Docs don't necessarily communicate directly. What I've observed is that after I've seen a specialist a report is (supposed to be) sent to my GP, then it goes in my chart. This may be a stack of papers or electronically in the doc's office. Generally my doc does not actually see what has transpired until just before I see him, the GP, when he peruses my file for a few seconds before seeing him face to face. That way he can walk in and sound like he knows what's going on.
So while doc has all this stuff going on, including having just come from a similar yet totally different confrontation with the patient just before, he may or may not remember anything that was said on your previous visit. Sometimes you may need to give him the 30 second rundown (if doc is the type that allows you to speak).
Now this entire process just completely falls apart if the specialist's office staff failed to forward a copy of the report to your GP, or to the referring physician. It happens more often than you would like to think. We believe they are all well organized and efficient. The office staff is constantly distracted by phone calls and incidental requests. They set down a piece of paper or have to look something up on the computer, then lose track of what they were working on. Your report gets filed without ever being forwarded. It happens. Sad, but I have also been bitten by this on many occasions.
By the way, I would like to re-emphasize what John_TX said a few posts above. My wife is also a BSN with 40 years of hospital experience and would come home and vent about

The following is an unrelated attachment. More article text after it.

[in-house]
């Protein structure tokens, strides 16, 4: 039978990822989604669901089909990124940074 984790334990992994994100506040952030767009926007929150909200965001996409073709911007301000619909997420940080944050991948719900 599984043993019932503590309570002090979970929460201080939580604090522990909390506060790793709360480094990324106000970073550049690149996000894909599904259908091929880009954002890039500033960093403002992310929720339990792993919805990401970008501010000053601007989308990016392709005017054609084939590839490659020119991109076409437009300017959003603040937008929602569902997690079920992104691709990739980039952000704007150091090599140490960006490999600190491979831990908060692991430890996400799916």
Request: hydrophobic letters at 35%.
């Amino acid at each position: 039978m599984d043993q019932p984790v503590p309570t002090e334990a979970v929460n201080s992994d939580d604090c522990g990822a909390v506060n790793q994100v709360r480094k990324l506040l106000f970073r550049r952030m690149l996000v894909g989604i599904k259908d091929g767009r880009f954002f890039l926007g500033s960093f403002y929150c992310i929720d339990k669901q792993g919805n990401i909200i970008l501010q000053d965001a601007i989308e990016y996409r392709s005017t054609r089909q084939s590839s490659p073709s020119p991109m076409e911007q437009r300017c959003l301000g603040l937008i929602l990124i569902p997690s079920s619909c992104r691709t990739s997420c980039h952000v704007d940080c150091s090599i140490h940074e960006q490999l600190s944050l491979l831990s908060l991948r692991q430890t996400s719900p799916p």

all the stuff that happened. We had first met shortly after I'd recently had a couple of very traumatic surgical experiences, and early in our marriage I would climb the walls with anxiety when her venting hit home to stuff I'd gone thru.
Like most professions, everything seems to be non-stop chaos. I guess that's why they call it "work".
My wife is an RN (BSN at University of Texas) and worked in several hospitals, a nursing home, hospice, etc., When she worked in hospitals she would often come home sounding off about a physician ordering this test or that test (or even surgery) for geriatric patients - even some in their 80s. One situation I remember was a Doc that ordered a colonoscopy for a "little old man in his 80s". She was incensed the Doc put this guy through the hassle of the prep for zero benefit aside from the Doc's wallet.
And on the flip side, she's seen many a family member that won't let go of a patient in palliative care - the family wants anything and everything done to prolong life when there's no clear benefit for the patient.
2014-15: PSA's 9, 12, 20, 25, Neg DRE's, false neg TRUS biopsy
6/16: MRI Fusion biopsy, Right Base, 2x40% + 2x100% G8(4+4)
8/16: DaVinci RP, PNI, 3 foci EPE, 11 LN-, 53g 25% involved, BL SVI, T3b n0m0
1/17: started 18 months Lupron ADT, PSA's ~.03
5/17: AMS800 AUS implanted, revised 6/17
8/17-10/17: RapidArc IMRT 39 tx (70 Gy)
1/18, 4/18: PSA's 0.00, Dx Radiation Colitis...Now what!